I don't have time to blog today...I'm preparing to fly out for the AlwaysOn Network event at Stanford...but I got this email about a very cool "wisdom of the crowds" concept where a group of 2,500 or so individuals will build and manage a new business by voting on the plan, who to hire, products to create, how to market them, etc. It's really a wild notion. I hope some journalist will pick up on this, interview the creator, watch the creation of this business over time, and write some interesting story about it.
Once again Google surprised the street with much higher than expected earnings. The stock price has jumped $20 today to more than $210 per share and the market cap is almost $58 billion.
I will not be surprised to see consistent positive earnings surprises coming from Google for many years.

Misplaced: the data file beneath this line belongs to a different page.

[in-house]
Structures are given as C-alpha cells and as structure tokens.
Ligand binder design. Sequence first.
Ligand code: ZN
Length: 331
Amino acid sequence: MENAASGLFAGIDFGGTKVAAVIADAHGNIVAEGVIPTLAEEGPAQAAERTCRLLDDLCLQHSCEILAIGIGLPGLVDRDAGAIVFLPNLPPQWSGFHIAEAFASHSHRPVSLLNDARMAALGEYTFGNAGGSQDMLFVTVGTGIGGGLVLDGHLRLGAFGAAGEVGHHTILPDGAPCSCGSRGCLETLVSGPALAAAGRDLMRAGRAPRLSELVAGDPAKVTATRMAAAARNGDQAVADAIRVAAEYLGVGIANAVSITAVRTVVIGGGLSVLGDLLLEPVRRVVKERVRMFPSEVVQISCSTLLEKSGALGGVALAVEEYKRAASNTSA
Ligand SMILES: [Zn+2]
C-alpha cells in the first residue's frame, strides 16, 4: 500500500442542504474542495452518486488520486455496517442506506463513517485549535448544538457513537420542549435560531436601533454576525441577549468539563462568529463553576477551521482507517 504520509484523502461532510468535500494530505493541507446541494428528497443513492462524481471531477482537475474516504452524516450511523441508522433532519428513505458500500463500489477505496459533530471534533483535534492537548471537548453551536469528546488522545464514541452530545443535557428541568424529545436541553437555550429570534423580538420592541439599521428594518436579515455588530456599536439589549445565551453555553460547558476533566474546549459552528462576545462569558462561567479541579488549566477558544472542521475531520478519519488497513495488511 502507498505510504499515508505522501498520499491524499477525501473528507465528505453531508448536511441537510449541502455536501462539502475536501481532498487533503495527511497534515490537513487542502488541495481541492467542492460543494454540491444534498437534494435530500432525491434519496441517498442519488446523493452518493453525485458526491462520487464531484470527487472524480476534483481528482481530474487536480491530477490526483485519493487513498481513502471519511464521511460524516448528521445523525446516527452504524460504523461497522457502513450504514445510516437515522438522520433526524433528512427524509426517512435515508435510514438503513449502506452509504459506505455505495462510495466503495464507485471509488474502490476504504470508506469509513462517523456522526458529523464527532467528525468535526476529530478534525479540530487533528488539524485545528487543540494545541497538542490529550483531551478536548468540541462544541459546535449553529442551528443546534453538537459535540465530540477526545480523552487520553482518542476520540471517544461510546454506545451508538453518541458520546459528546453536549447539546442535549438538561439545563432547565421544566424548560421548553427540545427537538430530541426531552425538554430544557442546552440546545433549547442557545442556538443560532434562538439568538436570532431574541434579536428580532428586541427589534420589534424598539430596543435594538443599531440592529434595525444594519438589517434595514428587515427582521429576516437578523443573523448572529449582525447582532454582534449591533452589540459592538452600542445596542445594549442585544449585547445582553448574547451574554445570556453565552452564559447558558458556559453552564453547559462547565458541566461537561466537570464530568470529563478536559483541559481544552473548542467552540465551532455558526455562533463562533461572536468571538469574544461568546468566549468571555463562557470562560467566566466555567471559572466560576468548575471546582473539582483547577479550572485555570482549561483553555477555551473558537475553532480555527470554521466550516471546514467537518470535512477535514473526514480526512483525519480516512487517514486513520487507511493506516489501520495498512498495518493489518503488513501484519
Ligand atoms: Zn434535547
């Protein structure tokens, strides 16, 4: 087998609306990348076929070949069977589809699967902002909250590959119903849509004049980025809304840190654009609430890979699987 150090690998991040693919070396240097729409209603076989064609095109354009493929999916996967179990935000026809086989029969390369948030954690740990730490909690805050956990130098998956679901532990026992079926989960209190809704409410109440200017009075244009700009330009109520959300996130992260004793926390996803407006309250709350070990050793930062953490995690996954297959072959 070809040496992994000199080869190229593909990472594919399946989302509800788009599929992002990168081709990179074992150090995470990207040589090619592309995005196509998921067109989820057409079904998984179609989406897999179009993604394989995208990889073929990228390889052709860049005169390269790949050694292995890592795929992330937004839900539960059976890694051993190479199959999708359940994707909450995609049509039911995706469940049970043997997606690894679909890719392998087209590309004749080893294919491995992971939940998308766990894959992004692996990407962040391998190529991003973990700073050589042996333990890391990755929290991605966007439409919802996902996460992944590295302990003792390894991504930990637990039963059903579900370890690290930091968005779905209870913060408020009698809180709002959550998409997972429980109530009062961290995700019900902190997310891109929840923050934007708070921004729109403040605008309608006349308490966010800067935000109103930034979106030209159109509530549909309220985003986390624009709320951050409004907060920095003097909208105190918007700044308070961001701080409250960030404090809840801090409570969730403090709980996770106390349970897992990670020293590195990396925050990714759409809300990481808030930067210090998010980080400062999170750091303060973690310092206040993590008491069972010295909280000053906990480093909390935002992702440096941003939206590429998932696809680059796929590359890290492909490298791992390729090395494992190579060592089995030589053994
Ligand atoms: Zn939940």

Six Apart which produces the Moveable Type publishing system and TypePad blogging service raised $10 million in venture funds in October. Today it announced the purchase of LiveJournal, a blogging service built on open source that claims 2.5 million users. Together they have 6.5 million blogs, according to TechNewsWorld.com. That seems way high, considering that Pew Research says about 8 million U.S. adults have a blog. (The vast majority of them only post once, however.)
I've never met Brewster Kahle, inventor of WAIS, co-founder of Thinking Machines, founder of Alexa and digital librarian for the Internet Archive. But I've watched his contributions over the years and have admired his Vannevar Bush-like vision. (If you have never read the 1945 Atlantic Monthly article by Vannevar Bush titled "As We May Think", you're missing out on the original "access to all knowledge" brainstorm.)